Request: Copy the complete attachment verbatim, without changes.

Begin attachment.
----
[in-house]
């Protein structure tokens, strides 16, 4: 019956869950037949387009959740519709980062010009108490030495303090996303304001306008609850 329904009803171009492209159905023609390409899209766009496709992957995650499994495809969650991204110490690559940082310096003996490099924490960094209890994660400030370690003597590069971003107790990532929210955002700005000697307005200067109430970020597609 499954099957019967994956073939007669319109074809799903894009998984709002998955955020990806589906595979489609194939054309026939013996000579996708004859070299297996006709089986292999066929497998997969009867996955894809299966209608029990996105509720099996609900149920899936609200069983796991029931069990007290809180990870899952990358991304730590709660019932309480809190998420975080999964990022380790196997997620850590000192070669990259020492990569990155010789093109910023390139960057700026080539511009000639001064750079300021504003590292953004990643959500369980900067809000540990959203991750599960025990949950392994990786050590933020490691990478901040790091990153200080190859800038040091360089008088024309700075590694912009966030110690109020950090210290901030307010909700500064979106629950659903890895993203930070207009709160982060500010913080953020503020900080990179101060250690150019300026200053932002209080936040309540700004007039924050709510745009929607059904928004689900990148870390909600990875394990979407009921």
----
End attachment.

[in-house]
């Protein structure tokens, strides 16, 4: 019956869950037949387009959740519709980062010009108490030495303090996303304001306008609850 329904009803171009492209159905023609390409899209766009496709992957995650499994495809969650991204110490690559940082310096003996490099924490960094209890994660400030370690003597590069971003107790990532929210955002700005000697307005200067109430970020597609 499954099957019967994956073939007669319109074809799903894009998984709002998955955020990806589906595979489609194939054309026939013996000579996708004859070299297996006709089986292999066929497998997969009867996955894809299966209608029990996105509720099996609900149920899936609200069983796991029931069990007290809180990870899952990358991304730590709660019932309480809190998420975080999964990022380790196997997620850590000192070669990259020492990569990155010789093109910023390139960057700026080539511009000639001064750079300021504003590292953004990643959500369980900067809000540990959203991750599960025990949950392994990786050590933020490691990478901040790091990153200080190859800038040091360089008088024309700075590694912009966030110690109020950090210290901030307010909700500064979106629950659903890895993203930070207009709160982060500010913080953020503020900080990179101060250690150019300026200053932002209080936040309540700004007039924050709510745009929607059904928004689900990148870390909600990875394990979407009921």